JP Farms plans strong recovery after Hurricane Beryl

The content originally appeared on: Jamaica News Loop News

JP Farms’ initial assessment reveals that Hurricane Beryl, which brought strong winds, heavy rain, and flooding to the St Mary region, has caused $160 million worth of damage. This includes toppled trees, lost fruit, and infrastructure damage.

According to Jeffrey Hall, CEO and Deputy Chairman of Pan Jamaica Group, over 300 acres of banana and plantain crops were affected, with crop losses estimated at 90 to 95 per cent.

As JP Farms commences rehabilitation efforts, a shortage of fruit can be expected in the upcoming months, but Hall promised that the team would maintain open communication with customers to provide a timeline for partial and full recovery.

“JP Farms and the Jamaica Producers Group have a long-standing commitment to local agriculture in Jamaica,” Hall remarked. “Having weathered several natural disasters since our inception in 1929, our resilience and dedication ensure that we come back stronger each time. With the support of Pan Jamaica Group, we have already earmarked funds to re-invest in the farm’s rehabilitation efforts.”

Jeffrey Hall, CEO and Deputy Chairman of Pan Jamaica Group

Regarding the farm team, Hall emphasised, “Our priority throughout the hurricane remained the safety and well-being of our 240-plus team members who are located across the parishes of St Mary and Kingston. In fact, several farm buildings were designated and used as emergency shelters. We are pleased to report that all members of the farm team are accounted for.”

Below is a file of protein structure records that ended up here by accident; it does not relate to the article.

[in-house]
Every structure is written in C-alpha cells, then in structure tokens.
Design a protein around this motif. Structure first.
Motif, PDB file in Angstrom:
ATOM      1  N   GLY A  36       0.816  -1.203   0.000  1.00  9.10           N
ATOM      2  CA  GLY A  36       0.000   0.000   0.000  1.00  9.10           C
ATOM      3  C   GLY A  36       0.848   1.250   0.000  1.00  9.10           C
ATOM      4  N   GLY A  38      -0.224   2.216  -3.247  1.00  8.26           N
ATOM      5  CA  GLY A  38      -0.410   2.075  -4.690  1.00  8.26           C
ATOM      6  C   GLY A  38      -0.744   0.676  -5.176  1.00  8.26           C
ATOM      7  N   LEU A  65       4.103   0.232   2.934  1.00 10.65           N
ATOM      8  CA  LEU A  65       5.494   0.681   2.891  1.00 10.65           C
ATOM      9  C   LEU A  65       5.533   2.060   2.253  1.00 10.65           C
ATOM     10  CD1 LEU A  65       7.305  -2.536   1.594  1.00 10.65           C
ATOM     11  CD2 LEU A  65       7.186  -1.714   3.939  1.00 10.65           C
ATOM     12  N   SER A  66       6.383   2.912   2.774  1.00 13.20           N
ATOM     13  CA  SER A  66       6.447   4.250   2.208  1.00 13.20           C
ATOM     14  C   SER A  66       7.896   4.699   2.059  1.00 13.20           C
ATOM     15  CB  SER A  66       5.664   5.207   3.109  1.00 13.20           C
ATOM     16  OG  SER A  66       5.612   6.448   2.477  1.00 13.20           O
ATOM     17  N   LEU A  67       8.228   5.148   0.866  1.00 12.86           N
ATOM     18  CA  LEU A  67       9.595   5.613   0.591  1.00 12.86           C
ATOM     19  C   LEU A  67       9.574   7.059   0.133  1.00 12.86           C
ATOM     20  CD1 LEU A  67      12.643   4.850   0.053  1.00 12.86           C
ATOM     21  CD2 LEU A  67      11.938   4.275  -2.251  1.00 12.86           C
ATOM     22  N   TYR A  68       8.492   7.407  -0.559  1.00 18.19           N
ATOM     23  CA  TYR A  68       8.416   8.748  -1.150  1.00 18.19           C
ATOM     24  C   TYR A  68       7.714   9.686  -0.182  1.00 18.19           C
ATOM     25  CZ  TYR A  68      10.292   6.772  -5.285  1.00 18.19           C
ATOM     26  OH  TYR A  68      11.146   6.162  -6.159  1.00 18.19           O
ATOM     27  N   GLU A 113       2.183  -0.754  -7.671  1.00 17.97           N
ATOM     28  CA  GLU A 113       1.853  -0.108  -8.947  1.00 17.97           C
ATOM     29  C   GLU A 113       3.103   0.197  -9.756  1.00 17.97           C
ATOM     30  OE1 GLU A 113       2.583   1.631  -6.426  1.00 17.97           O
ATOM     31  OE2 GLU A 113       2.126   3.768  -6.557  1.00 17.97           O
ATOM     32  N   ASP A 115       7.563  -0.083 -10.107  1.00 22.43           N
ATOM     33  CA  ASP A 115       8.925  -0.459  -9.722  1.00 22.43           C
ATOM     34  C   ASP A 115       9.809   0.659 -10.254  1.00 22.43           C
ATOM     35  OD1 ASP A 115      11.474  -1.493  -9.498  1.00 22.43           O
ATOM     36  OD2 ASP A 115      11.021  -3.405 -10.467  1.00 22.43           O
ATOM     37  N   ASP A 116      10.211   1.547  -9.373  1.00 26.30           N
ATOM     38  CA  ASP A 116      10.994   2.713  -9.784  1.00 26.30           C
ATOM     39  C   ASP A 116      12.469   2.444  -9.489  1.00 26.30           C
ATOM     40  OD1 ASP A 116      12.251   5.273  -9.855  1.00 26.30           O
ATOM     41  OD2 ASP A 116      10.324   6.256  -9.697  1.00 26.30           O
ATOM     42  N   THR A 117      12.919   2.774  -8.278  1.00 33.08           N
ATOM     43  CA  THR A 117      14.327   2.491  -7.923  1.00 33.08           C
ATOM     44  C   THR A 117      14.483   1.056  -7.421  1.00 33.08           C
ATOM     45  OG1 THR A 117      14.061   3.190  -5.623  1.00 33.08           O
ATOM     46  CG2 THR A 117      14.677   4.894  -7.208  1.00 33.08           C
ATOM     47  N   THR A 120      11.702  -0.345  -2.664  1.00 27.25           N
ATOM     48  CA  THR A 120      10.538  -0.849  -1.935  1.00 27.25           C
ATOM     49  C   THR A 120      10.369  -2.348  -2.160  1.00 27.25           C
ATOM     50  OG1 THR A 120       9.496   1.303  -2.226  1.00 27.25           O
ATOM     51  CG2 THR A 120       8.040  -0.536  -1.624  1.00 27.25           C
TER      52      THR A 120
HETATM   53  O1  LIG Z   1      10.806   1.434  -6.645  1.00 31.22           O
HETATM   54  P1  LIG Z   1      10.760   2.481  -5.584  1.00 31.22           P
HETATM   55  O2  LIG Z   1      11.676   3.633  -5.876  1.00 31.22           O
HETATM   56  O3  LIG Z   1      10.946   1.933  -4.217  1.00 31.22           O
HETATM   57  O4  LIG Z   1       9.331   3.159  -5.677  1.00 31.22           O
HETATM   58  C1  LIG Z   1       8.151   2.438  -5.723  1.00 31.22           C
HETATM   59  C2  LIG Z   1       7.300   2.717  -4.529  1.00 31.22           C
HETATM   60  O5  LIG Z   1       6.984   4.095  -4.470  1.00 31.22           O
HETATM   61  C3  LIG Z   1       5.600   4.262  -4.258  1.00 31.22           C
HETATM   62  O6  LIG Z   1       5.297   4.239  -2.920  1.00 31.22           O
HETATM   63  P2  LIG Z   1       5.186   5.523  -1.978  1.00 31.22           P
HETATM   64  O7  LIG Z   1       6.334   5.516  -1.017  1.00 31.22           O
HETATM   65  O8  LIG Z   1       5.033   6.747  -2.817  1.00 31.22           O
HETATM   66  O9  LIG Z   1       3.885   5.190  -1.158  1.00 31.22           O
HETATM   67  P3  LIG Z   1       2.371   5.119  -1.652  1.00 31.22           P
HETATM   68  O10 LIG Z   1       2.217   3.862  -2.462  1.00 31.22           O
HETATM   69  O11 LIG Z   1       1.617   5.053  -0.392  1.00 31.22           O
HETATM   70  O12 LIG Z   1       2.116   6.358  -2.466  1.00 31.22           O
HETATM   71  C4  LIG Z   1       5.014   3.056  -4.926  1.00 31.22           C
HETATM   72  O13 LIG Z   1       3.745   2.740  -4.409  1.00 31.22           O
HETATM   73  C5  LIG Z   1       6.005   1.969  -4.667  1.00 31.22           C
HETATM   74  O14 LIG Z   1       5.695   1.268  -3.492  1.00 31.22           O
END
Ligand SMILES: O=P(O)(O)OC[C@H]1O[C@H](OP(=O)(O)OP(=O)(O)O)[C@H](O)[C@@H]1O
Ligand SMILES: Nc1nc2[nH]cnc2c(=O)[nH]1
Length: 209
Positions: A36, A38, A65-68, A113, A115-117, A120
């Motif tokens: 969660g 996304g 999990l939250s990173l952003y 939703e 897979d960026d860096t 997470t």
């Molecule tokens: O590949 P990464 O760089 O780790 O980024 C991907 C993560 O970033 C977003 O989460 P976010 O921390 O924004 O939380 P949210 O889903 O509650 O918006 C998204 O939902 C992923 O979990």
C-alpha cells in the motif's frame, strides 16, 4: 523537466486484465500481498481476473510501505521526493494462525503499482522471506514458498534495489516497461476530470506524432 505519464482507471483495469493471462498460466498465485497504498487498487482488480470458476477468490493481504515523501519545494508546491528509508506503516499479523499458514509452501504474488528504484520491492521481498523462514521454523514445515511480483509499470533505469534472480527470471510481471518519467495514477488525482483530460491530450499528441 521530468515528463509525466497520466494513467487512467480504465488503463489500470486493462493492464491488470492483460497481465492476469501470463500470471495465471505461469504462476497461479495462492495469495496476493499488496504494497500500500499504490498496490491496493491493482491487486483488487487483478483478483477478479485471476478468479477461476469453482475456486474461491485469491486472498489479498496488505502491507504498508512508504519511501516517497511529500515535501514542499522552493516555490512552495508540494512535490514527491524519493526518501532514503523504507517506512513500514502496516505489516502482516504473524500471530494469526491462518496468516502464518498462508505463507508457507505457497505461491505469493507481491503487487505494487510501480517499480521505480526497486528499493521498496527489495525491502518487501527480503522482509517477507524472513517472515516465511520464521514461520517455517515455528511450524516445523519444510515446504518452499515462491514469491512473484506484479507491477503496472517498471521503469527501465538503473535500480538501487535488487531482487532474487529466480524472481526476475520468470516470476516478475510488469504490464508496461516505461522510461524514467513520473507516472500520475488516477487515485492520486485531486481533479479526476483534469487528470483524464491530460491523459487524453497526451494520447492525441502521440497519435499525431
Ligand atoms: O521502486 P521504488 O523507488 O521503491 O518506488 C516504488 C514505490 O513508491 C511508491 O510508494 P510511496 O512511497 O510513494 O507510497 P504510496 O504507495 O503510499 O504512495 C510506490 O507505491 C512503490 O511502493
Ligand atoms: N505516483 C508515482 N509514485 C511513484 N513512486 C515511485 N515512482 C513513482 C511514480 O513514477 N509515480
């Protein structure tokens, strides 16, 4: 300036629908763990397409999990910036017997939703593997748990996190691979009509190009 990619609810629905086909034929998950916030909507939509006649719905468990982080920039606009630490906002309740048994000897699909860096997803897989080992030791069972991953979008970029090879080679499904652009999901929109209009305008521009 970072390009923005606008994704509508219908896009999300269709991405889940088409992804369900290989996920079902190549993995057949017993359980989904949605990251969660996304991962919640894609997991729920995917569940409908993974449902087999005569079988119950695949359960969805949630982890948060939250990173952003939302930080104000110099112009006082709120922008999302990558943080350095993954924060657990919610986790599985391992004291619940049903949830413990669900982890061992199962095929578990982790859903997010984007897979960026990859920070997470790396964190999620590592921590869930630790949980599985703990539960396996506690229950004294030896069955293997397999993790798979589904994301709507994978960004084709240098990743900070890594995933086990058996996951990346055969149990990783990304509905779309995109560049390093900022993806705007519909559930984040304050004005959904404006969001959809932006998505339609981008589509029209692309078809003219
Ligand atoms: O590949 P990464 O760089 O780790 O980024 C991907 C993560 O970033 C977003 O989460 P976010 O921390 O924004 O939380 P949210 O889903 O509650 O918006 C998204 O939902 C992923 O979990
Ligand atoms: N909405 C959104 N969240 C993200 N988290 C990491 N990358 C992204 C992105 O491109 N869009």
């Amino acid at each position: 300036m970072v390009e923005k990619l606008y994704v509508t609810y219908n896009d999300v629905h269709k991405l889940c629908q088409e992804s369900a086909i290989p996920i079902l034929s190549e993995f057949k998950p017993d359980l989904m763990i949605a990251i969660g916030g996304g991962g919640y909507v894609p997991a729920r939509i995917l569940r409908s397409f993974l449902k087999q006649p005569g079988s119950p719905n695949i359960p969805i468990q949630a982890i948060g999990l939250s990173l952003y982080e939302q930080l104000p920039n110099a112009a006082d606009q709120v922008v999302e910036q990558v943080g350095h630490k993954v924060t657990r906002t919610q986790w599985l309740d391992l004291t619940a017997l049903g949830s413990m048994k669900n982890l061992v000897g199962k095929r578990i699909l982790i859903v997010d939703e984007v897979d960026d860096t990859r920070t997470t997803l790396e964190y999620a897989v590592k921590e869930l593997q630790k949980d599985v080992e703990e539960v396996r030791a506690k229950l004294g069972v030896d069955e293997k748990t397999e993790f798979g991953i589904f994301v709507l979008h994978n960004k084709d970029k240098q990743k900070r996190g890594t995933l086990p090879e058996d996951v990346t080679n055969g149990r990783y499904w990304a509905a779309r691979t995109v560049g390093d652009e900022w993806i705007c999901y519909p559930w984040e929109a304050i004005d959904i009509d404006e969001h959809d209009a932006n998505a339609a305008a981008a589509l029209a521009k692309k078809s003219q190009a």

In anticipation of Hurricane Beryl, JP Farms implemented several preparatory measures which included, reinforcing farm-wide drainage systems, harvesting mature crops that could be brought in early, servicing generators and preparing storage rooms to secure fruit.

“We are also fortunate to be in a strong financial position ahead of the rehabilitation. In 2023 the farm achieved over $1 billion in revenue and at the 2024 half-year mark, the business was up 22 per cent up on prior year in terms of revenue performance,” Hall expressed.

Despite the devastating impact, JP Farms remains steadfast in its commitment to its staff, stakeholders, and the people of St Mary. As one of the largest private employers in the parish, the team recognises the importance of the successful rehabilitation of the farm for the livelihoods of local communities, said Mario Figueroa, General Manager at JP Farms.

“We are actively contributing to the recovery efforts by clearing roads leading to nearby communities and providing water from our farm pump to residents without running water. We have initiated the rehabilitation phase of our business continuity plan and are in discussions with insurance providers, suppliers, and contractors to assess the damage and begin recovery.” Figueroa asserted while acknowledging that it was still early in the hurricane season, so restoration efforts would be planned accordingly.

He added, “We recognise that many of our suppliers and customers are in similar situations. We appreciate the support and understanding of our stakeholders as we regroup and rebuild. JP Farms is dedicated to supporting our team and returning to what we do best – growing high-quality foods for Jamaicans at home and abroad.”